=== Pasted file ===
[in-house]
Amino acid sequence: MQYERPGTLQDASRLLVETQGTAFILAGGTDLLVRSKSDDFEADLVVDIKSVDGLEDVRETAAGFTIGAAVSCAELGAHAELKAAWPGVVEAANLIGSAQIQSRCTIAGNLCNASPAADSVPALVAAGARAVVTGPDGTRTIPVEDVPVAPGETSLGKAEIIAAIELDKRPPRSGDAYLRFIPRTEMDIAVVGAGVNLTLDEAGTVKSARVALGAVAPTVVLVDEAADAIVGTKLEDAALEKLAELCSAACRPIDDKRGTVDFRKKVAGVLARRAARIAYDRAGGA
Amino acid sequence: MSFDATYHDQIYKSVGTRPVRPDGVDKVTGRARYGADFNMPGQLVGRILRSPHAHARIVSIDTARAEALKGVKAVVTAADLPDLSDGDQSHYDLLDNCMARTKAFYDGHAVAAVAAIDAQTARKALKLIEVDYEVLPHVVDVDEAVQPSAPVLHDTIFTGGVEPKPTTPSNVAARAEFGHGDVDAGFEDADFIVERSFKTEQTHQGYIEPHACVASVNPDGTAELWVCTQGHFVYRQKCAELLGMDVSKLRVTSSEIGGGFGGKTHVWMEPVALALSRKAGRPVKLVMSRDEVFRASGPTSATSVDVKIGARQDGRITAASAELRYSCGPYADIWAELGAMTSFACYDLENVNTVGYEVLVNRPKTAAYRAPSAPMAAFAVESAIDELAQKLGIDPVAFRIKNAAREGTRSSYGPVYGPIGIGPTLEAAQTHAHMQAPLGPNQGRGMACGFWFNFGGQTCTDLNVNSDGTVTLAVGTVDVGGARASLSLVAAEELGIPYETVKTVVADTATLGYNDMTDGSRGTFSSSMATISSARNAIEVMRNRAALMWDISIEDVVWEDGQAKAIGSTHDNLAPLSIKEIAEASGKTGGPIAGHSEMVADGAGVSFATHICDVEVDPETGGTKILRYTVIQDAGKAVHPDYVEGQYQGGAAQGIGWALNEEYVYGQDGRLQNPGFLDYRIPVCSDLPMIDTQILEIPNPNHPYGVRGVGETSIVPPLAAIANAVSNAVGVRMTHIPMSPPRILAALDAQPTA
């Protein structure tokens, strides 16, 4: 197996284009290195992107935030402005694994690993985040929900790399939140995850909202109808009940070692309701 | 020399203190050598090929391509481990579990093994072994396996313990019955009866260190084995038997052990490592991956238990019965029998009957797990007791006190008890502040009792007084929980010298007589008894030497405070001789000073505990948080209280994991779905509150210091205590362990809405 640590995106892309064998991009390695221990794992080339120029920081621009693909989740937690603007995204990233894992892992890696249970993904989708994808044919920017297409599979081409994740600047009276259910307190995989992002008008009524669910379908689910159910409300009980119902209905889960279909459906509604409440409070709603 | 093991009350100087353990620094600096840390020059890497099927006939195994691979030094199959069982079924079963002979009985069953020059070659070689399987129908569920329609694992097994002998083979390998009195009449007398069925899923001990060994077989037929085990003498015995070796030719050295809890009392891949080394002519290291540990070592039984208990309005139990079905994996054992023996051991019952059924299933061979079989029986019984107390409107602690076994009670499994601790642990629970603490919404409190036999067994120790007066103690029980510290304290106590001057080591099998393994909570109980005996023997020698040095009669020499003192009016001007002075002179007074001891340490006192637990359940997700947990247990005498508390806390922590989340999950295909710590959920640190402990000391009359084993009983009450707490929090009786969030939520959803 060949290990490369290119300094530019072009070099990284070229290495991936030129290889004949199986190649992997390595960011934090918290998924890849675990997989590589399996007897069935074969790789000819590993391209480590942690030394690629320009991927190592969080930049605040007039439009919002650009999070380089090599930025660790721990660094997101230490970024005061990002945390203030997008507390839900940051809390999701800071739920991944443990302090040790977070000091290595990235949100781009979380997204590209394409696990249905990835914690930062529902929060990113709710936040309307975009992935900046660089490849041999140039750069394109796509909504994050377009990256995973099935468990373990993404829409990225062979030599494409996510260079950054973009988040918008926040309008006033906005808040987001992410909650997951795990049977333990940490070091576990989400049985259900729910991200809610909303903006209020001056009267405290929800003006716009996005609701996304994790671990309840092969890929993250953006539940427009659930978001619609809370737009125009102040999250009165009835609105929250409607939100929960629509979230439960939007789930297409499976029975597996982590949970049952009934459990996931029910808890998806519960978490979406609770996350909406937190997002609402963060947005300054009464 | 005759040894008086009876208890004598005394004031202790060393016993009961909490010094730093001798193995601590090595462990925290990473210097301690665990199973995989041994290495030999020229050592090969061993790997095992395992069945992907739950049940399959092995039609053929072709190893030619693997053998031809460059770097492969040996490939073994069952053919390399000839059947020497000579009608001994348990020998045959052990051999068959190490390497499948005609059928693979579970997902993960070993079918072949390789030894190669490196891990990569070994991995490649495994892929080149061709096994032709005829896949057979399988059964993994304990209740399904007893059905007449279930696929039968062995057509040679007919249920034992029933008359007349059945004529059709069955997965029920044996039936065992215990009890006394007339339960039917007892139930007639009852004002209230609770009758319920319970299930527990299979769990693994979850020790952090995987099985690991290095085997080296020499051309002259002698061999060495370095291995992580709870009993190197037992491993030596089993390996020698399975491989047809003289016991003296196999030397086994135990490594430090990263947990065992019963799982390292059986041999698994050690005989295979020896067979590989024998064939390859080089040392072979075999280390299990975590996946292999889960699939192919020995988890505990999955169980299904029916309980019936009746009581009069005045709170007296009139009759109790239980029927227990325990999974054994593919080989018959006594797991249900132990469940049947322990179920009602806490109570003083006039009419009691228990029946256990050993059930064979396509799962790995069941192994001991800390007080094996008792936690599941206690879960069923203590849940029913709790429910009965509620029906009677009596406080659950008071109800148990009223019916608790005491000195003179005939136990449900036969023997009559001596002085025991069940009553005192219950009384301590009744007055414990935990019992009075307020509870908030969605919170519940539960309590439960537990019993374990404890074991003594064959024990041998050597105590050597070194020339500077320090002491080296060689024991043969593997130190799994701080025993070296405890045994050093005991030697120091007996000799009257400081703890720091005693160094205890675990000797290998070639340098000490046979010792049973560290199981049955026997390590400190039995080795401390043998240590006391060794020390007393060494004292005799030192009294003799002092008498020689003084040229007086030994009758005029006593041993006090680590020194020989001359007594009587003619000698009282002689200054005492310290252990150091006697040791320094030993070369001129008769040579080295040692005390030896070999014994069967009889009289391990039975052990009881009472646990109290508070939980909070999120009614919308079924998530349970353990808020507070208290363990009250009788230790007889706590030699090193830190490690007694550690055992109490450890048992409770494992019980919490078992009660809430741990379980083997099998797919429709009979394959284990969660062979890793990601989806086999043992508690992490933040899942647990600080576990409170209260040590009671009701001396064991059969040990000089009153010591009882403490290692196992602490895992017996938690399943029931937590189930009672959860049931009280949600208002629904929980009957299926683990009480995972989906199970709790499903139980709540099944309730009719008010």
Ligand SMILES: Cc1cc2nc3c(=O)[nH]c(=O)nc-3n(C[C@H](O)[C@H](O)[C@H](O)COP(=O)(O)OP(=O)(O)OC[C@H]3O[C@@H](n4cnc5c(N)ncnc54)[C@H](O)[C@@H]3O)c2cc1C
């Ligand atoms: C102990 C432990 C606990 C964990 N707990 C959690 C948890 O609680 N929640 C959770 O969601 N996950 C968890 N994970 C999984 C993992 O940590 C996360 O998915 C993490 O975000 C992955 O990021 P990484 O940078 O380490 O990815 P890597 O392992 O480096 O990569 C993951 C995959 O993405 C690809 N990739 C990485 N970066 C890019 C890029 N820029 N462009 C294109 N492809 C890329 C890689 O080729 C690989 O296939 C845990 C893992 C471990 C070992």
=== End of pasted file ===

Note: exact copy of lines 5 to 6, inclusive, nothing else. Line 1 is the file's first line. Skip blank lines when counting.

Ligand SMILES: Cc1cc2nc3c(=O)[nH]c(=O)nc-3n(C[C@H](O)[C@H](O)[C@H](O)COP(=O)(O)OP(=O)(O)OC[C@H]3O[C@@H](n4cnc5c(N)ncnc54)[C@H](O)[C@@H]3O)c2cc1C
């Ligand atoms: C102990 C432990 C606990 C964990 N707990 C959690 C948890 O609680 N929640 C959770 O969601 N996950 C968890 N994970 C999984 C993992 O940590 C996360 O998915 C993490 O975000 C992955 O990021 P990484 O940078 O380490 O990815 P890597 O392992 O480096 O990569 C993951 C995959 O993405 C690809 N990739 C990485 N970066 C890019 C890029 N820029 N462009 C294109 N492809 C890329 C890689 O080729 C690989 O296939 C845990 C893992 C471990 C070992």